For Atlanta, the trade completes a wonderfully exciting outfield in which Justin Upton will join brother B.J. and Jason Heyward to form a dynamic trio that should delight the fans at Turner Field.
Centrefielder Michael Bourn led the Braves in 2012 with a brilliant season in his final year before free agency and his departure – destination still unknown – had the potential to leave a notable hole that Atlanta could ill afford considering the strength of division rivals, the Washington Nationals.
Losing Bourn could still have a negative effect on the team’s performance. He had a markedly better campaign than either of the Upton brothers in 2012, although Justin Upton was hampered by a thumb injury, while the retirement of Chipper Jones and the loss of Martin Prado – sent to Arizona as part of the Upton trade – could leave them light on leadership.
However the great potential of the Upton brothers is undoubted and the Braves will hope that pairing them together will bring out the very best in both. If so, there will be a fascinating sub-plot to the NL East division battle with the best of the Braves being compared to the nifty Nationals.
Washington will have new recruit Denard Span manning centrefield, with Bryce Harper following up on his excellent rookie season and Jayson Werth hoping to rebound from an injury riddled 2012.
Werth was signed to a seven-year contract in the 2010/11 offseason and whilst the deal always looked like an overpay, it was expected that the real cost would come near the end of the contract. Instead, Werth’s first two seasons in Washington have been a major disappointment. The 2013 season is the ideal time for him to provide the Nationals with the sort of performance that won him the multi-year deal.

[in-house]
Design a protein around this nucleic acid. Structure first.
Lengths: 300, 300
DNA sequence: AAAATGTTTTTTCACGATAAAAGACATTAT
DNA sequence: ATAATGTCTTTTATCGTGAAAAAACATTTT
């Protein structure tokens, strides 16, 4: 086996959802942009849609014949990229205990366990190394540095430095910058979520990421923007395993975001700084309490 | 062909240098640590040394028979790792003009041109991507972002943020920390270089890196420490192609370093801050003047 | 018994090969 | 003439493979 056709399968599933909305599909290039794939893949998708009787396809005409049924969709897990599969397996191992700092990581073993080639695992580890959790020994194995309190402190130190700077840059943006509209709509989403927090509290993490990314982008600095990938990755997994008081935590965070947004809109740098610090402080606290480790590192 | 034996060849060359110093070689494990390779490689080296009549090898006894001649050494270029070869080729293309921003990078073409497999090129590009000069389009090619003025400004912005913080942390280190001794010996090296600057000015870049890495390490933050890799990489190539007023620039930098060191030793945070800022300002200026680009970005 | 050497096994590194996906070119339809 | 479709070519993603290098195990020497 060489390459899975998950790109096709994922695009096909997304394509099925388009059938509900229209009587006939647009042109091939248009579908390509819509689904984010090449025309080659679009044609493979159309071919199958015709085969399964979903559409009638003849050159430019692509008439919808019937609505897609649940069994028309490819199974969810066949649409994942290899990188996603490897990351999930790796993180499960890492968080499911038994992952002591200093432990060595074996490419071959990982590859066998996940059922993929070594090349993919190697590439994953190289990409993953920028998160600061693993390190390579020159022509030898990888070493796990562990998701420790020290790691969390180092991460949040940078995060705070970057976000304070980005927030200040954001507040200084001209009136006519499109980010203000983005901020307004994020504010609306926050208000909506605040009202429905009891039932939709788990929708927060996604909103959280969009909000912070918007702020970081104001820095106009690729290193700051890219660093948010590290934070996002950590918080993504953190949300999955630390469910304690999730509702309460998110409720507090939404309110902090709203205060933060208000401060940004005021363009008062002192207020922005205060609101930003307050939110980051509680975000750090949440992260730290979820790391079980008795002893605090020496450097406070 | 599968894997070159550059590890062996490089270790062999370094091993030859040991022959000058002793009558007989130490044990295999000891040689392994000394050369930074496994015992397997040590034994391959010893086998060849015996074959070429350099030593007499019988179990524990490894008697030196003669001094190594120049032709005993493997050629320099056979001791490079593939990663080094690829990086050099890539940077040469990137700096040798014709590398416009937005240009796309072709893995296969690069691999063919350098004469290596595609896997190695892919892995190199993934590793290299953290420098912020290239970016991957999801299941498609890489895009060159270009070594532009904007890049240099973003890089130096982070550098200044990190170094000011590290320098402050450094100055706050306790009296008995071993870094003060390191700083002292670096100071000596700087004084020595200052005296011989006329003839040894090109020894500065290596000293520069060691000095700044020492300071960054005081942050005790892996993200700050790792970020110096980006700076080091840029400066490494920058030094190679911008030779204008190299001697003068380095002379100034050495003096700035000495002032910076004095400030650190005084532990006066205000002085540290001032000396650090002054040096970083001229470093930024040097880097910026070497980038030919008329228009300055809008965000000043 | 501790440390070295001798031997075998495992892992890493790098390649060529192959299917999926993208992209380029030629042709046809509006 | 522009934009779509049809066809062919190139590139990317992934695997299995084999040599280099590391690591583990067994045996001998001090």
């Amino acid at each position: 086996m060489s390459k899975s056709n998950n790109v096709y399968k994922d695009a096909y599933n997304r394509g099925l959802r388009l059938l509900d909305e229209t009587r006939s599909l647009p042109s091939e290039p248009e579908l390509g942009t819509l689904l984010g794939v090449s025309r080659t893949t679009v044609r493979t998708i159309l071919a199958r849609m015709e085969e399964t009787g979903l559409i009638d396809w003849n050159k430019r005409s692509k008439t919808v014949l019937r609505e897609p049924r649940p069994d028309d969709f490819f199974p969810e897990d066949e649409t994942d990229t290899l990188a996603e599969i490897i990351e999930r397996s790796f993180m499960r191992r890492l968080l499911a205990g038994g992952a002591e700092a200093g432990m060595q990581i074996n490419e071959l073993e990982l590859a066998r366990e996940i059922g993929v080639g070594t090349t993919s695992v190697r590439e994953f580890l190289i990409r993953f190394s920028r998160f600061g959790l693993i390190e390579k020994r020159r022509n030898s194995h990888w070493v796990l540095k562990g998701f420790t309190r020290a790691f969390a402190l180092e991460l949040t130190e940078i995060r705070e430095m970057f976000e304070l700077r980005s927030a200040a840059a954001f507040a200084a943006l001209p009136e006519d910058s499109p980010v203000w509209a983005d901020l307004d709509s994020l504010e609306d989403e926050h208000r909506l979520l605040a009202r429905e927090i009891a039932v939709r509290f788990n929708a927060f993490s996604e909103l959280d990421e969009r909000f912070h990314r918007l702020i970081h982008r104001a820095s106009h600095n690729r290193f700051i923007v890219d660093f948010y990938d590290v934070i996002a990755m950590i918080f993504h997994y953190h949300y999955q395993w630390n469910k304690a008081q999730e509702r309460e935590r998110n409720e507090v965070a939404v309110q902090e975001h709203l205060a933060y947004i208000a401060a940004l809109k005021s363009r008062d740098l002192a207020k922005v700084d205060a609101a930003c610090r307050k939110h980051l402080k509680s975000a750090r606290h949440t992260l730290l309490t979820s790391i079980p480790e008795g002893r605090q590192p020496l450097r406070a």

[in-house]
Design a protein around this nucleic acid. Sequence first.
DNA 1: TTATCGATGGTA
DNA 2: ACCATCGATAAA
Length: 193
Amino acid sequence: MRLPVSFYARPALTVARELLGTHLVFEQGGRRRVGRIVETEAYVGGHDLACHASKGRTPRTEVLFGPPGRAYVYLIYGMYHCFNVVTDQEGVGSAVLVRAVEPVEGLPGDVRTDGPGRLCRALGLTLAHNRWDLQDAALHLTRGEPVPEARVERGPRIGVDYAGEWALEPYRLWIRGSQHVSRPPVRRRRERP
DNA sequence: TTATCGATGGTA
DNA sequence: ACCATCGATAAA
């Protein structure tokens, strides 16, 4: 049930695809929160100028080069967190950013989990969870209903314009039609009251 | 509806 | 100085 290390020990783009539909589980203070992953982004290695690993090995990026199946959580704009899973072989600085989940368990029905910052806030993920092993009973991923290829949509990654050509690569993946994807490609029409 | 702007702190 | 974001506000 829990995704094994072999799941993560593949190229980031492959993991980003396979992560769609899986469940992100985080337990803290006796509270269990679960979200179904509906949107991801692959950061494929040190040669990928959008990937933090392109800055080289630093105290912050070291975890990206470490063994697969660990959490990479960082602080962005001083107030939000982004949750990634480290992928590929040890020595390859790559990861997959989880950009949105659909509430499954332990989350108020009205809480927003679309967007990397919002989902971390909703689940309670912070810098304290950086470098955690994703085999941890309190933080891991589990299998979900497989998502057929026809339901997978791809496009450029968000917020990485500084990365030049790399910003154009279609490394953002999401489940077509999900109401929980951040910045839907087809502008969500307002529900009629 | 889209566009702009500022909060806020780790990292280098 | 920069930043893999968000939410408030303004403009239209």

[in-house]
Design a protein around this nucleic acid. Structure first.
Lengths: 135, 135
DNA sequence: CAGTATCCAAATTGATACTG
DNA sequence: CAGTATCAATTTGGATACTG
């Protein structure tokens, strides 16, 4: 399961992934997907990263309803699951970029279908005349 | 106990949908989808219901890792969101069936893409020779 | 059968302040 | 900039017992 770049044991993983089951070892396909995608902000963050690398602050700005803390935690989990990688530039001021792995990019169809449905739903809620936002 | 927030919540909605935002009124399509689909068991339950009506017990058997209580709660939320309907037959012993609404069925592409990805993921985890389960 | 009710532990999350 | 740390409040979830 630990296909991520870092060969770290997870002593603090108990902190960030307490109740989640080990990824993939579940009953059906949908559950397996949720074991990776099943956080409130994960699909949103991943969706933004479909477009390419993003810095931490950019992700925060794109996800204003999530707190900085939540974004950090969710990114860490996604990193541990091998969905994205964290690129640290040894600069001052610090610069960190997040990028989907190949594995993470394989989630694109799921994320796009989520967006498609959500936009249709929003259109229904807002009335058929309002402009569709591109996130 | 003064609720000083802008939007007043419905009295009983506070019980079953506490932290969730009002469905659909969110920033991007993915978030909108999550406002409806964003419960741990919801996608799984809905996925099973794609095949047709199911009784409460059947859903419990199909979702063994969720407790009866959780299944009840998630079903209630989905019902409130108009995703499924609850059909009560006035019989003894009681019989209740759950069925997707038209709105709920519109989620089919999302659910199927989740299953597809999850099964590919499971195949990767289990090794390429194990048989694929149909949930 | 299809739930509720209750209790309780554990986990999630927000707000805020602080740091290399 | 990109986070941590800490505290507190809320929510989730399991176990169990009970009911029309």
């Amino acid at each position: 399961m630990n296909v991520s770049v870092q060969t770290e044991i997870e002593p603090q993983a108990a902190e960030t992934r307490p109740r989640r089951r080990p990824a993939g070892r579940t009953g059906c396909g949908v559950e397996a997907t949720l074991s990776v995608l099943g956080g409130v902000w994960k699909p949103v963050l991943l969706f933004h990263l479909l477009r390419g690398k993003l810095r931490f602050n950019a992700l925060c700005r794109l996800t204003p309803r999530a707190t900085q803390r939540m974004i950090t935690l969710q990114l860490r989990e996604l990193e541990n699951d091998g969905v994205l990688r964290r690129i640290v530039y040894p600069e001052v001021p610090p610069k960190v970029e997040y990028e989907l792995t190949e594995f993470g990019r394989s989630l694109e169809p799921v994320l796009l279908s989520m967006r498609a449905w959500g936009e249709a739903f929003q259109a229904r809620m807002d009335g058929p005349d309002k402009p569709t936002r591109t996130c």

Elsewhere in the NL East, the New York Mets are interested in signing Bourn but the prospect of losing their first-round draft pick currently appears to be a price too high when combined with the size of the contract Bourn is looking for and the fact that the Mets are very unlikely to be contenders in 2013 even with a new centrefielder.
As for the Phillies, their outfield looks distinctly underwhelming and General Manager Ruben Amaro – a man clearly not held in the highest of esteem by many on the web – has been ridiculed in some quarters for signing free agent Delmon Young to be the team’s right-fielder. The thought of the blundering Young regularly trotting out to right field will make you laugh or cry depending on whether you are a Phillies fan or not, although the meagre $750k investment in the former Detroit Tiger suggests that Amaro isn’t committed to Young being the answer all season either.
The Arizona Diamondbacks’ General Manager Kevin Towers will be all-too familiar with the dismissive comments flying Amaro’s way.
His decision to trade away a young star in Justin Upton has left many people scratching their heads. When combined with the decision to trade away pitcher Trevor Bauer, the explanation that Towers and manager Kirk Gibson are conducting a purge of players that don’t fit their favoured ‘gritty’ mould is too convenient to ignore, despite that protestations that this has been exaggerated (which may well be true to an extent).